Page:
View across the Outer Harbour of Stornoway

Thursday, 3 February 2011

Thursday 3 February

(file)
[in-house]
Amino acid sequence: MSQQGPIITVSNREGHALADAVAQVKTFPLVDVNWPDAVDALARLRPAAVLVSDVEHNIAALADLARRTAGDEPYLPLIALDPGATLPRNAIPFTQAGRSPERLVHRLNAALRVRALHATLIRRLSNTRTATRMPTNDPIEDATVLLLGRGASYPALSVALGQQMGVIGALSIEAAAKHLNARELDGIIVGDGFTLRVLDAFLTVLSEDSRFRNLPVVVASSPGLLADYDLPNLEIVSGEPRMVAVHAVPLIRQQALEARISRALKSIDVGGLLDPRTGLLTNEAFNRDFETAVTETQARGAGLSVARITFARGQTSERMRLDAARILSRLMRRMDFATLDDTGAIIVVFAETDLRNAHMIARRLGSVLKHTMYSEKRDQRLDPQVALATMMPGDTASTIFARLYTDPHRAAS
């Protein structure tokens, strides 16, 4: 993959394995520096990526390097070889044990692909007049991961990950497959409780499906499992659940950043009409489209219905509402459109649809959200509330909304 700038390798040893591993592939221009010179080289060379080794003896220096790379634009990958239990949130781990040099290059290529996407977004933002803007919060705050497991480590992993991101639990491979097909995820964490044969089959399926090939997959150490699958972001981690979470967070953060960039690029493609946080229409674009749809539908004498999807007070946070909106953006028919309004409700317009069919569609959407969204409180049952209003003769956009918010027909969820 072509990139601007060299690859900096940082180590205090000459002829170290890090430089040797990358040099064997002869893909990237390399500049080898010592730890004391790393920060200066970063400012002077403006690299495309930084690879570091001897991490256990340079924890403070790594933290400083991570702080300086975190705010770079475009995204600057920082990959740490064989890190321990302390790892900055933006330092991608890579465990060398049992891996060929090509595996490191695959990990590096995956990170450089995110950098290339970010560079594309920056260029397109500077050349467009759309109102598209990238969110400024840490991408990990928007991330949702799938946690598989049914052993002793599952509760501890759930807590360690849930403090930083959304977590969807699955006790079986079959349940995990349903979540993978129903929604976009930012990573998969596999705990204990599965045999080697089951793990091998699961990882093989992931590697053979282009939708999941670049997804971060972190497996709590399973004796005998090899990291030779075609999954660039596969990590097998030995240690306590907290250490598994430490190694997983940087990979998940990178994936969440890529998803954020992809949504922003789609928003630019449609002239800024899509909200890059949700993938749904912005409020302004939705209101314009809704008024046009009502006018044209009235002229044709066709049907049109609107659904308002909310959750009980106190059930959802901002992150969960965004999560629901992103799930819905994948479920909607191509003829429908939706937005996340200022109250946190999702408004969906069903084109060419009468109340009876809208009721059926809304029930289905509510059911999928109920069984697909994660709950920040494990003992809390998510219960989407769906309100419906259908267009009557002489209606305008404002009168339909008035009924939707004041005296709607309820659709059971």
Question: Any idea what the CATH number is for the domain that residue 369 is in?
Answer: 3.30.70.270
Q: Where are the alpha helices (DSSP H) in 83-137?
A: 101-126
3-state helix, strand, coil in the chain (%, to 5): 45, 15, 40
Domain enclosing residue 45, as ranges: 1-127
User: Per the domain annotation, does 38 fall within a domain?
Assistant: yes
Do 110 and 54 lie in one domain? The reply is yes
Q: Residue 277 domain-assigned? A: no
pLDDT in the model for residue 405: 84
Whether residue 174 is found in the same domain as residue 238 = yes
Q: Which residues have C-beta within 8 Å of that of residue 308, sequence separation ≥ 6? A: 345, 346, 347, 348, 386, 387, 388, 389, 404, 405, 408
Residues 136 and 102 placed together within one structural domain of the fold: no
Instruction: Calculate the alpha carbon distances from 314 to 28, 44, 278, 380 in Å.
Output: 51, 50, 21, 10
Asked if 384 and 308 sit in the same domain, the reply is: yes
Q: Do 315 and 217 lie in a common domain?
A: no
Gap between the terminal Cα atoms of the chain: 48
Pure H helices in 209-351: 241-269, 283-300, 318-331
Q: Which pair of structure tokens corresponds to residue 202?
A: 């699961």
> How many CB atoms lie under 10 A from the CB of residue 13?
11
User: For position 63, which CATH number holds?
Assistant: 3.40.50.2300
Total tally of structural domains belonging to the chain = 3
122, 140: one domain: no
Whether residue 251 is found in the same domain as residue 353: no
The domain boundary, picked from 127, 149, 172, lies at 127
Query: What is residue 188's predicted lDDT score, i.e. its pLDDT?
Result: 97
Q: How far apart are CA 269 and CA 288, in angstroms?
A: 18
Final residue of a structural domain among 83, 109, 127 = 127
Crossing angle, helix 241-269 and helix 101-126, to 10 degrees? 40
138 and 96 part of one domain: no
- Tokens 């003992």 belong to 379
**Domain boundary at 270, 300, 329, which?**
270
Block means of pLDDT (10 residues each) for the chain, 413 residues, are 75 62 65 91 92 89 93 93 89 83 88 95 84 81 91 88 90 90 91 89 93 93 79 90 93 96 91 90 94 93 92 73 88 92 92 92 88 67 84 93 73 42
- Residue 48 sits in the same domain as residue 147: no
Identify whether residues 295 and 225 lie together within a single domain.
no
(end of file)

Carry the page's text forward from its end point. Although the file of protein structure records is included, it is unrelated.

It was windy in the night, and a fall of snow brought the airport to a halt first thing. That was nothing. At 1pm, the weather turned increasingly savage, and at the moment the anemometer is spinning to 86 mph at the Butt of Lewis, 25 miles north of here. Curtains of spindrift are blown across the harbour, in front of my position, and angry white riders adorn the wave crests. Almost all ferry services in the west of Scotland have been withdrawn, in the face of hurricane force winds. Flights are still operating normally. The wind is from the south; as the runway at the airport is north/south orientated, planes can still take off. It will be a very bumpy ride though. There will be a springtide at 7pm tonight, clocking in at 4.8 metres / 16 feet, which coincides with the height of the storm - sandbags at the ready in the flood-prone areas of Stornoway. As I type, I can see huge curtains of spindrift crossing the basin in front of me, indicating that we're heading for force 11. Two poor collar doves were blown around so hard that they had to land in a tree (which doves don't like doing) before finally taking off for their roost in one of the buildings nearby.